Today ASPI released a new report, Cold Calculations: Australia’s Antarctic Challenges, with contributions from a range of Australian experts on Antarctic issues culled from a series of posts here on The Strategist.
It’s a timely report: just prior to the election the Coalition announced that, if elected, they’d develop a 20 year strategic vision for the Antarctic. Their plan would focus on extending Australia’s research and logistics capacity, as well as positioning Hobart as a gateway for Antarctica.
They also promised to extend the airport runway at Hobart. This would allow larger transport planes to fly to Antarctica. Some of the planes that currently fly for the US polar program could possibly fly out of Hobart, rather than Christchurch.
Of course, the US is not the only nation active down south. Last month Tasmania signed an MOU with the Chinese Antarctic Research Expedition to use Hobart as a gateway for its activities. The Tasmanian Premier noted that the Antarctic sector was now worth more than $180 million to the Tasmanian economy.
The new ASPI report catalogues a number of areas in which Australia’s Antarctic investment is struggling, and where our research and logistic infrastructure is aging. Today we’re faced with critical decisions about our future access to and activities within Antarctica.
These decisions need to be made when acute budget pressures are diminishing our ability to maintain our Antarctic effort, at the very time other nations are rapidly building their presence and capabilities in the Australian Antarctic Territory. We’re running the risk of being left behind.
Cold Calculations considers our role down south and why it’s important, not just in a scientific sense, but also in a broader foreign policy and security sense. We have a clear interest in keeping the continent peaceful by being engaged in Antarctic affairs. The report supports our Antarctic territorial claim and suggests there’s no good reason why we should deviate from our position. Any upset to the current views of sovereign interests wouldn’t benefit Australia.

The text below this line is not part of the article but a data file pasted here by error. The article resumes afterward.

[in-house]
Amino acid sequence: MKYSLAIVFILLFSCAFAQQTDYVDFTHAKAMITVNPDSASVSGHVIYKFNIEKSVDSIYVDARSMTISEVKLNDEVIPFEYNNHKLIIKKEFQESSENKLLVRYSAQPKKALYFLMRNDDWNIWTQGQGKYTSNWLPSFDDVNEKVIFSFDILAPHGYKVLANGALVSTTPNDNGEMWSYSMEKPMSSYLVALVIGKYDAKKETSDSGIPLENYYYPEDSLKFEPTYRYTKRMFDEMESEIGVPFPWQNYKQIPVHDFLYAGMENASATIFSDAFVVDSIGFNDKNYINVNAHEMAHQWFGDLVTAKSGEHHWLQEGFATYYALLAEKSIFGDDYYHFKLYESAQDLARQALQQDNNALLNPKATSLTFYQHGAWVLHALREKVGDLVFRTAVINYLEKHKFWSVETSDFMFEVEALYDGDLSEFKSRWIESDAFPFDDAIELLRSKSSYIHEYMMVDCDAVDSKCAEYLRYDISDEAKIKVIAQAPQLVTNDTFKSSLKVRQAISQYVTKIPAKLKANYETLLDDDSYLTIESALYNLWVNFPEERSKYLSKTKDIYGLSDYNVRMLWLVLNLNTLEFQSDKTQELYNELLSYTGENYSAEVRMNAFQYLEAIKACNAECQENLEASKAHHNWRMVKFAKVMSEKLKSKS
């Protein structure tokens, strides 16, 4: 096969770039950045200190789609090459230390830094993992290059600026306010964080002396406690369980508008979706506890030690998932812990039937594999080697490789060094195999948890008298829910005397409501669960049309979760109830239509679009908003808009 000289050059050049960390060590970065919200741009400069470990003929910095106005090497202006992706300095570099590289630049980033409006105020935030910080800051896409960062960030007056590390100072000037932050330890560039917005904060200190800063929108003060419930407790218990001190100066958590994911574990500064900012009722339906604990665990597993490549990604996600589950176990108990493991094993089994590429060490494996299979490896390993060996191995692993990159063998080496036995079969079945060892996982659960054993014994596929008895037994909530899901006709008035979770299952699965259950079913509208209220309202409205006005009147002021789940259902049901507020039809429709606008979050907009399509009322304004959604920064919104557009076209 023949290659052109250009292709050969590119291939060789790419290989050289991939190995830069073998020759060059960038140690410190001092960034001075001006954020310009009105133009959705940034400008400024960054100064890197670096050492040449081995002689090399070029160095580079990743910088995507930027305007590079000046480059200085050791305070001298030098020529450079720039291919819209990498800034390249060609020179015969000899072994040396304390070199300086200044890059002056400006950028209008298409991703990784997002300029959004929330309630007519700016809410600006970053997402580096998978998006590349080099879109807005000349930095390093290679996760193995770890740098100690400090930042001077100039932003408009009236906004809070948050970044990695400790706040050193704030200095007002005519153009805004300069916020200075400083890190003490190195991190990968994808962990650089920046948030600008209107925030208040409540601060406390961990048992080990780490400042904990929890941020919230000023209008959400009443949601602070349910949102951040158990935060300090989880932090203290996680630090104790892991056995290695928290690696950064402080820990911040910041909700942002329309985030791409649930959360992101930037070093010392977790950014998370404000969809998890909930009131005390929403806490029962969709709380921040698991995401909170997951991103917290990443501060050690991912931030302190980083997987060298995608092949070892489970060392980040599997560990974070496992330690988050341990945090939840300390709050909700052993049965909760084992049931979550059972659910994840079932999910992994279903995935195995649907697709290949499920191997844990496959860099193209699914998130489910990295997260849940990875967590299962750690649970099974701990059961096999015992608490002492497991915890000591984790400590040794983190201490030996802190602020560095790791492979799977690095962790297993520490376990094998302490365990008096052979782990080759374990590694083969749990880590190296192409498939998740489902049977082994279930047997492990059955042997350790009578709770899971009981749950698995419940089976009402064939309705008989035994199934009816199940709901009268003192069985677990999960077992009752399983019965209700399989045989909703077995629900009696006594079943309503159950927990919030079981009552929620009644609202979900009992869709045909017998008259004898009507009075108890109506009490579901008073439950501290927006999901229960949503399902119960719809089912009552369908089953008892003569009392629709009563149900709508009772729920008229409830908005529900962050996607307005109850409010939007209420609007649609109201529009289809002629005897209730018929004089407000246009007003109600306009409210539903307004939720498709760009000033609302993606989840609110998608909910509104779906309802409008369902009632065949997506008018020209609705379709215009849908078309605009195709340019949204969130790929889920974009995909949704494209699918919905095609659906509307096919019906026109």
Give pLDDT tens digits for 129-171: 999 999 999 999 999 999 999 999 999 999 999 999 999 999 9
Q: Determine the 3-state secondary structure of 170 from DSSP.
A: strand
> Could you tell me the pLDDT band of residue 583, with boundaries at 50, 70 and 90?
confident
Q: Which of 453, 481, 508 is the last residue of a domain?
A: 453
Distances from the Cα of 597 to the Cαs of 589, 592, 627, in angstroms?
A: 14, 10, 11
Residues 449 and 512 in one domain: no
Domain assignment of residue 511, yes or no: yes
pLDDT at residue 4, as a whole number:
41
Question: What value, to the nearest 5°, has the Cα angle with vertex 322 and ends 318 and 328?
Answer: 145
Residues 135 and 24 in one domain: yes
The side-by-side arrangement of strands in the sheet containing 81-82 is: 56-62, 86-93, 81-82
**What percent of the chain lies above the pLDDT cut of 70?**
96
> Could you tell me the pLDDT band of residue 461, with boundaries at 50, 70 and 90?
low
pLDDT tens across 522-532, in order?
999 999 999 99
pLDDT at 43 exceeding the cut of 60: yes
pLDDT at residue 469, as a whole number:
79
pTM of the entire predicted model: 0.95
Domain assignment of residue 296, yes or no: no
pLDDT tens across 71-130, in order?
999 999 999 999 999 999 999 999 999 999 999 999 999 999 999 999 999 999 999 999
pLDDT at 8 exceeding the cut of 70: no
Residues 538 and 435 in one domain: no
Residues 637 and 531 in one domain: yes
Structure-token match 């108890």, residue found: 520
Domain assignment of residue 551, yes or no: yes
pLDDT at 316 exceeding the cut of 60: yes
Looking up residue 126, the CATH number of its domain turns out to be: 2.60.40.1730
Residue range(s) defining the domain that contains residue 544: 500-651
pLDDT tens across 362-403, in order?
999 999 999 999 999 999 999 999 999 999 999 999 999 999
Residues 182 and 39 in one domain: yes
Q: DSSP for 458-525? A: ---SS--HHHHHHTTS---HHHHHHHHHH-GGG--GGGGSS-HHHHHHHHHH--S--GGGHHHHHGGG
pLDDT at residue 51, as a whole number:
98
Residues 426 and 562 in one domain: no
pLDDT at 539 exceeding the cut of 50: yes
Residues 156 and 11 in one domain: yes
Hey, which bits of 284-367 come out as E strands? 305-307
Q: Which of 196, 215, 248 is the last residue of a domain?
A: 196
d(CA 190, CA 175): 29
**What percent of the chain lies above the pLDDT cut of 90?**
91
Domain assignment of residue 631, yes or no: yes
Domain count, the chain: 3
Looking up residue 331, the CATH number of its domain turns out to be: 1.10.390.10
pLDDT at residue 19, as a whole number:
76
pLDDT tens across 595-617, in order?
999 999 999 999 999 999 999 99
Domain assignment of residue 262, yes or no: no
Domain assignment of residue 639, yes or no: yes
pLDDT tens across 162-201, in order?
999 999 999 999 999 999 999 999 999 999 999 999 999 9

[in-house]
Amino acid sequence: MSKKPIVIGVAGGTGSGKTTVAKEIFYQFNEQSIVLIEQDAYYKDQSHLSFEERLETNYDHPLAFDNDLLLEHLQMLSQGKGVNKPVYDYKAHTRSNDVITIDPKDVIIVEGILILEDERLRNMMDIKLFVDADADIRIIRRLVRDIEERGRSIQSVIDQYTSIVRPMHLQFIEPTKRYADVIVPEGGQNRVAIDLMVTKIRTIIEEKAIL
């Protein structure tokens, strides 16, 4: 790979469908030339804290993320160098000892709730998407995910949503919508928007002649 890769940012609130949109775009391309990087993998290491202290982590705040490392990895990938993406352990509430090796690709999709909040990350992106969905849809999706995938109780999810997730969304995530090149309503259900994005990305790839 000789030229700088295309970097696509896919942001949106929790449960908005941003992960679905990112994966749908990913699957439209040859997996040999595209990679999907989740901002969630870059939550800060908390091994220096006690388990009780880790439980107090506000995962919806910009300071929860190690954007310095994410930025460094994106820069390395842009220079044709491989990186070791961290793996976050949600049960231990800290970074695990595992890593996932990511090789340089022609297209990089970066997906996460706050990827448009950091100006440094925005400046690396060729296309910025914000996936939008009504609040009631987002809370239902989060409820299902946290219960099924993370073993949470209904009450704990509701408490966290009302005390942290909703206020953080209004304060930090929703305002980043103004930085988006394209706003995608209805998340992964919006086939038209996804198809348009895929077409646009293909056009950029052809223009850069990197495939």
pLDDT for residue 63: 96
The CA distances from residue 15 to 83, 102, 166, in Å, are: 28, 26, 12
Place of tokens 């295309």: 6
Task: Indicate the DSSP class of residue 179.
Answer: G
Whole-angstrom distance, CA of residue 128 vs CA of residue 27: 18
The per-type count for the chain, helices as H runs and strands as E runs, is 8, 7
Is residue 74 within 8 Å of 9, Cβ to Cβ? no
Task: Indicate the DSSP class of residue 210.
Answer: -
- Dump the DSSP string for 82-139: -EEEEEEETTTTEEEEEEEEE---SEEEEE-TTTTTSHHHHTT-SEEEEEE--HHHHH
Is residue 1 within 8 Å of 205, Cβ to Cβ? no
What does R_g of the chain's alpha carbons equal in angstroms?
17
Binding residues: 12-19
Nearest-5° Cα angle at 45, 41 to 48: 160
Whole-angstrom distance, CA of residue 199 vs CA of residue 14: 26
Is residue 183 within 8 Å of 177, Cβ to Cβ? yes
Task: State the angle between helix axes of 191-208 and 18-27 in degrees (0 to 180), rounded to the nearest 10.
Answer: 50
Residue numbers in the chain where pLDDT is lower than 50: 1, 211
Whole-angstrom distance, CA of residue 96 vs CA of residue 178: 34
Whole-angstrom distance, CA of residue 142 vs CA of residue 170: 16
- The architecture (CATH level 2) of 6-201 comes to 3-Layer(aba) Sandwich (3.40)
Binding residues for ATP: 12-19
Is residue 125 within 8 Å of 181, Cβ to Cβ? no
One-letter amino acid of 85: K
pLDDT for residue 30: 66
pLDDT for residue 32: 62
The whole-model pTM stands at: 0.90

One such threats to Australia’s interests could come from destabilisation within the Antarctic treaty system. In a resource hungry world, there are reasons for some parties to propose a review of the treaty or its environmental protocol. That could turn the current approach to Antarctic management on its head, especially if it paved the way for serious interest in Antarctic continental or seabed mineral resources.
Cold Calculations notes that an important goal of Antarctic science is to retrieve an ice core containing ice over one million years old. This would shed much light on past climate. It’s likely that such ice can only be found within our territory. China, for example, expects to find it near Dome A in Australian territory.
The prospect of Australia extracting this million-plus year ice is remote when we can’t get far beyond our coastal stations. Finding this very old ice will be a game changer scientifically, because it’ll reveal past climate. But it wouldn’t be a great political look for us if another nation’s superior presence and logistics means they’re the first to find the treasure buried in our patch.
Cold Calculations points out that we don’t really use Defence resources to support our Antarctic program. But many other nations use military personnel and equipment to support civilian logistics.
It’d be naive to assume that they discount the strategic potential of their Antarctic presence beyond science and possible future resources.
Anthony Bergin is deputy director at ASPI. Image by Flickr user robynejay.